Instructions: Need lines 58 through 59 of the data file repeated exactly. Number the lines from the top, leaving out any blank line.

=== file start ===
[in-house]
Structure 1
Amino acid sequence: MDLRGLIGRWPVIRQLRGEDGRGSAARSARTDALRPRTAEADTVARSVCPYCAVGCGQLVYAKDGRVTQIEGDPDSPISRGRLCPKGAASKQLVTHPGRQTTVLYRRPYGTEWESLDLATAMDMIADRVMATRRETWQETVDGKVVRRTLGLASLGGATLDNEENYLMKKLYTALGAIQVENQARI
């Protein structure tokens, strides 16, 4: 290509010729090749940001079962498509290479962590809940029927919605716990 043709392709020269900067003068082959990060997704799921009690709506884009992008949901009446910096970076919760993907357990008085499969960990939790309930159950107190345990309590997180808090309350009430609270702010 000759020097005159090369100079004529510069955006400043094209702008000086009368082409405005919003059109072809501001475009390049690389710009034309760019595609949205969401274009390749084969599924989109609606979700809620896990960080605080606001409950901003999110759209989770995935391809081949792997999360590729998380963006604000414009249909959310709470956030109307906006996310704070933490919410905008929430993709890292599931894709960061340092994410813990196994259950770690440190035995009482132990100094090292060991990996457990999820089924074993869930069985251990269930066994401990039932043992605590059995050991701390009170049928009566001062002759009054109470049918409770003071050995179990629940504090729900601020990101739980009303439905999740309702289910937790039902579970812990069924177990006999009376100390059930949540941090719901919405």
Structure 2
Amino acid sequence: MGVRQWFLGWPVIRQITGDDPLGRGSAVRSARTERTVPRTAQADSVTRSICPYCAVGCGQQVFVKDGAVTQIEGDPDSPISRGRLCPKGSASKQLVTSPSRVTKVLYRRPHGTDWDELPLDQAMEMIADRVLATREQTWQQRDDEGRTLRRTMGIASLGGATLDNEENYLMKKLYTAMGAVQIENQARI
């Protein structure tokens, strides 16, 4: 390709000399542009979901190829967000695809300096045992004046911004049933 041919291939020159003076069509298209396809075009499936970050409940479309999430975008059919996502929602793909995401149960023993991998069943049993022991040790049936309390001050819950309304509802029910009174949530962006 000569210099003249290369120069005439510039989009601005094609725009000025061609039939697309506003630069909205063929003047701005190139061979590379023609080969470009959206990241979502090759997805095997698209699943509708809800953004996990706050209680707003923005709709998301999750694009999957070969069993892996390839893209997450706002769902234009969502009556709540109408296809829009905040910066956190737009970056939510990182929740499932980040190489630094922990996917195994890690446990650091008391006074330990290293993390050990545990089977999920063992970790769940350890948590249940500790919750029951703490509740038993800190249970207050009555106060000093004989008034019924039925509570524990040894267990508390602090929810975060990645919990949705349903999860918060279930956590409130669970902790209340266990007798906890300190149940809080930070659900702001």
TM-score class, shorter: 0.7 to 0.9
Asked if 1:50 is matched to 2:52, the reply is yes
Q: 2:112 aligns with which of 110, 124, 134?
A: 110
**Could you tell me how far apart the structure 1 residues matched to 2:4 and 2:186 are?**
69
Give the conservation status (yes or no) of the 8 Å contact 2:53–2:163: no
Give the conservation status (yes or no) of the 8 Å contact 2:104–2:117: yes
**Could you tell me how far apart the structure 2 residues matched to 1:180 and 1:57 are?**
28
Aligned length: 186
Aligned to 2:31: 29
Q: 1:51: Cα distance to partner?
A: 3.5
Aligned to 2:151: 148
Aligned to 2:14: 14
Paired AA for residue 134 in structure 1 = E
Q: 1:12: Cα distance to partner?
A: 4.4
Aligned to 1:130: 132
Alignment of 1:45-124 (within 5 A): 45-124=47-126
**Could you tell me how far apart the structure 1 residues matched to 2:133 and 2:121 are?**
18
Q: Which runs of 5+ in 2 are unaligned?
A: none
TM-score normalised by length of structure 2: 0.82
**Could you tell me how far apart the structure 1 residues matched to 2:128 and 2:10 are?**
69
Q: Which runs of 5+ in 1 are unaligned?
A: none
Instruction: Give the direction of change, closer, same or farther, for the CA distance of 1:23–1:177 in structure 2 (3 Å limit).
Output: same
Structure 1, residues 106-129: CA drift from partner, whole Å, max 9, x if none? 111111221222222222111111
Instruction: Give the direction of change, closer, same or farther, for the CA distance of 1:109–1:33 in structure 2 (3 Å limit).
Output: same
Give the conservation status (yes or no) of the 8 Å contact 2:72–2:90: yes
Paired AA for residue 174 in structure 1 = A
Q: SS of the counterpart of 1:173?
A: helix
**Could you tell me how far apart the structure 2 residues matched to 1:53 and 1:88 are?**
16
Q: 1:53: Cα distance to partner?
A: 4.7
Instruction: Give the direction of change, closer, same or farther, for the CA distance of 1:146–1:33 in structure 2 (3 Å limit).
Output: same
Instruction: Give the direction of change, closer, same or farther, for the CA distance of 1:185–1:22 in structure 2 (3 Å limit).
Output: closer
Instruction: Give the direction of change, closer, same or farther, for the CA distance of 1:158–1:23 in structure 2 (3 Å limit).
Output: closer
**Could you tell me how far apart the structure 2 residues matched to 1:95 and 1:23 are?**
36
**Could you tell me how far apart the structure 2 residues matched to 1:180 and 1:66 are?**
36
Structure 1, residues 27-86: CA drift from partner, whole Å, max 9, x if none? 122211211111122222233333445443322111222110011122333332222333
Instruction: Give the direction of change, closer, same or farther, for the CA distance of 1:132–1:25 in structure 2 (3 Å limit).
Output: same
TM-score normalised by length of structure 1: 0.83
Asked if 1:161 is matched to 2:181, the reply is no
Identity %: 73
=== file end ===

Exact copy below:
36
**Could you tell me how far apart the structure 2 residues matched to 1:180 and 1:66 are?**